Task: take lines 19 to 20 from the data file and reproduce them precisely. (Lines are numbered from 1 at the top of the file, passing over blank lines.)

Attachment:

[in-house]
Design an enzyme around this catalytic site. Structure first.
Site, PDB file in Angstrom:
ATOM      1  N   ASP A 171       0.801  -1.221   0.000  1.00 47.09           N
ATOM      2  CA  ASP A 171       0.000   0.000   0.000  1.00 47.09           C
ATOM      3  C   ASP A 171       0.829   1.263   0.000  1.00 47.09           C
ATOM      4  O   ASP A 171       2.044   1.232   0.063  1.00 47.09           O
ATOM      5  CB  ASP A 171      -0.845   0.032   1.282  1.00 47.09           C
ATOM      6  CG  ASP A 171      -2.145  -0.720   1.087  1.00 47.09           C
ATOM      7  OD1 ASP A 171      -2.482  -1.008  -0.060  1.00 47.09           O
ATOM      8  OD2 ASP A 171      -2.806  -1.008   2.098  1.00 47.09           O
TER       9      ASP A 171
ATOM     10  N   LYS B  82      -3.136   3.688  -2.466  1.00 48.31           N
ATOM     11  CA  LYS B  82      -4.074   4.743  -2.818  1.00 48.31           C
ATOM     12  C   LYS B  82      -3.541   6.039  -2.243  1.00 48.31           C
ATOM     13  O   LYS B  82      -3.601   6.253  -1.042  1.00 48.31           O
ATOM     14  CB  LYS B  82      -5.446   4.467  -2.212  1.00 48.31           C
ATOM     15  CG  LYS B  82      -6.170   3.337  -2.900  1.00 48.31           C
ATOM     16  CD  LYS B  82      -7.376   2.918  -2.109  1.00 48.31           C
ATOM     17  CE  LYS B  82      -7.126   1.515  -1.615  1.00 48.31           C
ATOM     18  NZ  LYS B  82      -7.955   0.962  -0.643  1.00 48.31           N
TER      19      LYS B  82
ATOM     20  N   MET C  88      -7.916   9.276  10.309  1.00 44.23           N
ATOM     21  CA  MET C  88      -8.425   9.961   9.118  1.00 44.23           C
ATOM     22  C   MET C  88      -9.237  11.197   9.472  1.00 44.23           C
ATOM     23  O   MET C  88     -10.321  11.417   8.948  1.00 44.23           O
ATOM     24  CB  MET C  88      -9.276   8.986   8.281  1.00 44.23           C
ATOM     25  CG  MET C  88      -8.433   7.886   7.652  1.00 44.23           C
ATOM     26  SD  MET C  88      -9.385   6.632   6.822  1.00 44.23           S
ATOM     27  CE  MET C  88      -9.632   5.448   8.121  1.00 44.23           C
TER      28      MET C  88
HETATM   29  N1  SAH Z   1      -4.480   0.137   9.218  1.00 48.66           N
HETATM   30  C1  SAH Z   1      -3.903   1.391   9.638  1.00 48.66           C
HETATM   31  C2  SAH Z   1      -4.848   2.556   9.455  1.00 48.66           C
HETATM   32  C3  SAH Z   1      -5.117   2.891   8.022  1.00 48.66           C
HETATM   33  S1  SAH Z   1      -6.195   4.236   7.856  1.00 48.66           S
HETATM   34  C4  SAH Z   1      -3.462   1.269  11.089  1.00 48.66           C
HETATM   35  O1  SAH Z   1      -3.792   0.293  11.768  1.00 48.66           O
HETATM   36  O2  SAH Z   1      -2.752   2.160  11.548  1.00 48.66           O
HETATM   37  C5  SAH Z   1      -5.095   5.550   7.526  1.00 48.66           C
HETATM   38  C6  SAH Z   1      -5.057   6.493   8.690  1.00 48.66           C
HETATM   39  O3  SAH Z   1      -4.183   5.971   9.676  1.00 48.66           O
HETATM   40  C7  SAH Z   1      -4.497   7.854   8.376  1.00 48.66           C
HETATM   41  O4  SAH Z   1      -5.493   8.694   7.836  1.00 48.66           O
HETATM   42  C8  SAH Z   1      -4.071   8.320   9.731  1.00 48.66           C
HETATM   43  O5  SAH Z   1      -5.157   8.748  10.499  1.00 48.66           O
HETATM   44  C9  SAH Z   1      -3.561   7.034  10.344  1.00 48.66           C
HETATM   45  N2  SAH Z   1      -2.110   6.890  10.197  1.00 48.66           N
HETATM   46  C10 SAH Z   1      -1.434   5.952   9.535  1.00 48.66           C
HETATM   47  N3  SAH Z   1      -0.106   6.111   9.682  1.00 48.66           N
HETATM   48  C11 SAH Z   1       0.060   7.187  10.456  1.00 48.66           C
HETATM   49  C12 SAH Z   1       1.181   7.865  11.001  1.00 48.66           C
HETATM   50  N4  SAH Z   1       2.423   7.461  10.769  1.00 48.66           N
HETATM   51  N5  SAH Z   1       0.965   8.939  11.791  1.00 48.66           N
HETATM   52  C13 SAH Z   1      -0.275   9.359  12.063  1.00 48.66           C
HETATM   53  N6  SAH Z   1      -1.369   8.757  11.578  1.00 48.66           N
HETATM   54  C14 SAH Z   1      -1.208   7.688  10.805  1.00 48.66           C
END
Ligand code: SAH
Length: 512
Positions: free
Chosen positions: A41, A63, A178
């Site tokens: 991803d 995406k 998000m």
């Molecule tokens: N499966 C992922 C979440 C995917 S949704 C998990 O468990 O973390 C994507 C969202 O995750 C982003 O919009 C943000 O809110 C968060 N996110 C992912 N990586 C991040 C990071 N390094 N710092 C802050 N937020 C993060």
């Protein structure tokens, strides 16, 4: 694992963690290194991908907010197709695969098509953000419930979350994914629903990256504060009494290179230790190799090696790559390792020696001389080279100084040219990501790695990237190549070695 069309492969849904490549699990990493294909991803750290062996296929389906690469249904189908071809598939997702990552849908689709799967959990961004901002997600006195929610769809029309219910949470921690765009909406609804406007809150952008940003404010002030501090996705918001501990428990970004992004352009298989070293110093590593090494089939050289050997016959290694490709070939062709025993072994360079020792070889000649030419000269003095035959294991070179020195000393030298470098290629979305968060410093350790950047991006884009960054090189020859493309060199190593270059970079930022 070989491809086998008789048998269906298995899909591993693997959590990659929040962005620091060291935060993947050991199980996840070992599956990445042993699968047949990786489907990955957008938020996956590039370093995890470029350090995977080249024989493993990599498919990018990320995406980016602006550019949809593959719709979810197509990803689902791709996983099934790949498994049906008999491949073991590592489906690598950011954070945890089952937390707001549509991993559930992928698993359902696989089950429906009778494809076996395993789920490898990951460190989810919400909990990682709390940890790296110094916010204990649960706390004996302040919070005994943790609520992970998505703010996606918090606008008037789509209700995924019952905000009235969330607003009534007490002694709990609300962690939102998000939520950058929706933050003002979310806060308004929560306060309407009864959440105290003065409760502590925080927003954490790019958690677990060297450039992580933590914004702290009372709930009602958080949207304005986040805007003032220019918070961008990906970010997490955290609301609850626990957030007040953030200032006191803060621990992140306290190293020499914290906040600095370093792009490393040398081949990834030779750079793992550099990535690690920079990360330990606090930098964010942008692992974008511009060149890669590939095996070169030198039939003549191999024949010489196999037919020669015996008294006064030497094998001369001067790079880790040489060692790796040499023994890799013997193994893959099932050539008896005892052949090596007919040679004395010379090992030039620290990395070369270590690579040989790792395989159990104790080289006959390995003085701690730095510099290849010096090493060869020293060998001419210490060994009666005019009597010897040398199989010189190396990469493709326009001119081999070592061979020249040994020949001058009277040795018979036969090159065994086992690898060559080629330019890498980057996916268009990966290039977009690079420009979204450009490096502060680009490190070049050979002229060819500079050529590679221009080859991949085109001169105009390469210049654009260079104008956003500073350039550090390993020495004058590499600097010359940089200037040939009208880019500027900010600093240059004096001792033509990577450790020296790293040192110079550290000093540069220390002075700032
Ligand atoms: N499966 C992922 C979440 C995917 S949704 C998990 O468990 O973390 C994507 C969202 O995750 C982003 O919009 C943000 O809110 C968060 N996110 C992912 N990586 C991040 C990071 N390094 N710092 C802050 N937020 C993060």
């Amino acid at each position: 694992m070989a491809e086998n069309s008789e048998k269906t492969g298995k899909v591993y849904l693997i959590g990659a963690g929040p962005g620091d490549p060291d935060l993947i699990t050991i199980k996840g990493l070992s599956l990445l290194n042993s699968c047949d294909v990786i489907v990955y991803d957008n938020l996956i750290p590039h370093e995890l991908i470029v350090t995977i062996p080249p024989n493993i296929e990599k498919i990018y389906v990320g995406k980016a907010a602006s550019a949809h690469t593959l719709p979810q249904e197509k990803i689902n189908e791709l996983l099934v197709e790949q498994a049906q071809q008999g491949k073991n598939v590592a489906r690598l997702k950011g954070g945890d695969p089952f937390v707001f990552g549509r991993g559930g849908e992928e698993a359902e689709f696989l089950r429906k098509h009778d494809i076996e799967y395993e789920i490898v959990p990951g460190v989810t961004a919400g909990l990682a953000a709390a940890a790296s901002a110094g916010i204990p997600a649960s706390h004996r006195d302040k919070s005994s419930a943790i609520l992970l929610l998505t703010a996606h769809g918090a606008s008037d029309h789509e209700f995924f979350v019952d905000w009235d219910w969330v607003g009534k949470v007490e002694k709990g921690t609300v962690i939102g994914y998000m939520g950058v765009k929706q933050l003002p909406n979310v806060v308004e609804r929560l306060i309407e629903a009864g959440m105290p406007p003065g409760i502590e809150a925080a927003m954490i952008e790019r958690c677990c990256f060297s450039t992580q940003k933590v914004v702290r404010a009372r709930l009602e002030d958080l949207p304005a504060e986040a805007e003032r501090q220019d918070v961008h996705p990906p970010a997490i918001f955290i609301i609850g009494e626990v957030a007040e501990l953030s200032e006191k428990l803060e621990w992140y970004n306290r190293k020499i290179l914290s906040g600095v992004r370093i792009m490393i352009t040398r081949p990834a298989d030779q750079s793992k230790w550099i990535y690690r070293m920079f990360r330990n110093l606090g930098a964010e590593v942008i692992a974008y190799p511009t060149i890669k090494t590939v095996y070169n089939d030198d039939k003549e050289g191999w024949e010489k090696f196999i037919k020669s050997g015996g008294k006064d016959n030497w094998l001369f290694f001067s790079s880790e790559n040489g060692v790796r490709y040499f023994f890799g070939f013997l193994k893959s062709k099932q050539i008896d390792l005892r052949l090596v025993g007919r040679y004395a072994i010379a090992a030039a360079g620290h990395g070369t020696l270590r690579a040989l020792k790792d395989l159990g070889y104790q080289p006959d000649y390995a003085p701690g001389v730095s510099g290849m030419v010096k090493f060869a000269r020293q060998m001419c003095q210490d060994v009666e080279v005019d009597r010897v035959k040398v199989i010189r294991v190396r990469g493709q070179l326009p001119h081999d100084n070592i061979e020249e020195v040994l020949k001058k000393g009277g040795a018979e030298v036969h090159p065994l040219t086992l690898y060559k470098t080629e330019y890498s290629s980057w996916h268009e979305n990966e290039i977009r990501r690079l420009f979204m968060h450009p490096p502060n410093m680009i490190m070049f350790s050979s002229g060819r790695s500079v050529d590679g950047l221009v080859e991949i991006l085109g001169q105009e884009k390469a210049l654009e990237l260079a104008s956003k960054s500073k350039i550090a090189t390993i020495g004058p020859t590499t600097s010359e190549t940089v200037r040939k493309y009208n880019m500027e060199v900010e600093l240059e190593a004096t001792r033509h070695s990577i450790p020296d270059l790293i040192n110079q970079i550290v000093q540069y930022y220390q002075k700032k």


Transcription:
ATOM     16  CD  LYS B  82      -7.376   2.918  -2.109  1.00 48.31           C
ATOM     17  CE  LYS B  82      -7.126   1.515  -1.615  1.00 48.31           C